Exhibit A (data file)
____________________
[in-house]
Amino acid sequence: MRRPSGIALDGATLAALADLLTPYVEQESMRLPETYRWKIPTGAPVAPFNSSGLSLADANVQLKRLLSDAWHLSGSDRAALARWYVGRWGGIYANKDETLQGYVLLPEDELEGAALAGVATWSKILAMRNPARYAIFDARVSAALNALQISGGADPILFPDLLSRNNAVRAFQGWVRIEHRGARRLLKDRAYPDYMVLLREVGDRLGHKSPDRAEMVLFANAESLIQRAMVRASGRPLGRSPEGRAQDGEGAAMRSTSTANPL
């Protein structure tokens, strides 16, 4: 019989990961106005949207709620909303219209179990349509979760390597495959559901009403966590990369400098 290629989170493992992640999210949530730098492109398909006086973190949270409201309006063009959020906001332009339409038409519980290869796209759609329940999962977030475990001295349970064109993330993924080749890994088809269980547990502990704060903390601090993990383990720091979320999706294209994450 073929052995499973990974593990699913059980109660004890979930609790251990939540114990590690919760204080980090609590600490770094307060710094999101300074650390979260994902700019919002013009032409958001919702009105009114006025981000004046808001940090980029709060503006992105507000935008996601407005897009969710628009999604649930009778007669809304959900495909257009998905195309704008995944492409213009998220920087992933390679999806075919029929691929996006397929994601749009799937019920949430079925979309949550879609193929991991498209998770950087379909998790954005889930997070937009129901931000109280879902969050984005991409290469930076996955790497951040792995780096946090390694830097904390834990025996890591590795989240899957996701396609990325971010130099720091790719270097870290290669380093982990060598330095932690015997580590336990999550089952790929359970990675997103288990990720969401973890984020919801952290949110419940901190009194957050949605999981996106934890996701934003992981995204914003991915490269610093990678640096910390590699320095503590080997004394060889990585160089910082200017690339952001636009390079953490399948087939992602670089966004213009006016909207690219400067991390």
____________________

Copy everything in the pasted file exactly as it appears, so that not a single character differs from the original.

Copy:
[in-house]
Amino acid sequence: MRRPSGIALDGATLAALADLLTPYVEQESMRLPETYRWKIPTGAPVAPFNSSGLSLADANVQLKRLLSDAWHLSGSDRAALARWYVGRWGGIYANKDETLQGYVLLPEDELEGAALAGVATWSKILAMRNPARYAIFDARVSAALNALQISGGADPILFPDLLSRNNAVRAFQGWVRIEHRGARRLLKDRAYPDYMVLLREVGDRLGHKSPDRAEMVLFANAESLIQRAMVRASGRPLGRSPEGRAQDGEGAAMRSTSTANPL
């Protein structure tokens, strides 16, 4: 019989990961106005949207709620909303219209179990349509979760390597495959559901009403966590990369400098 290629989170493992992640999210949530730098492109398909006086973190949270409201309006063009959020906001332009339409038409519980290869796209759609329940999962977030475990001295349970064109993330993924080749890994088809269980547990502990704060903390601090993990383990720091979320999706294209994450 073929052995499973990974593990699913059980109660004890979930609790251990939540114990590690919760204080980090609590600490770094307060710094999101300074650390979260994902700019919002013009032409958001919702009105009114006025981000004046808001940090980029709060503006992105507000935008996601407005897009969710628009999604649930009778007669809304959900495909257009998905195309704008995944492409213009998220920087992933390679999806075919029929691929996006397929994601749009799937019920949430079925979309949550879609193929991991498209998770950087379909998790954005889930997070937009129901931000109280879902969050984005991409290469930076996955790497951040792995780096946090390694830097904390834990025996890591590795989240899957996701396609990325971010130099720091790719270097870290290669380093982990060598330095932690015997580590336990999550089952790929359970990675997103288990990720969401973890984020919801952290949110419940901190009194957050949605999981996106934890996701934003992981995204914003991915490269610093990678640096910390590699320095503590080997004394060889990585160089910082200017690339952001636009390079953490399948087939992602670089966004213009006016909207690219400067991390």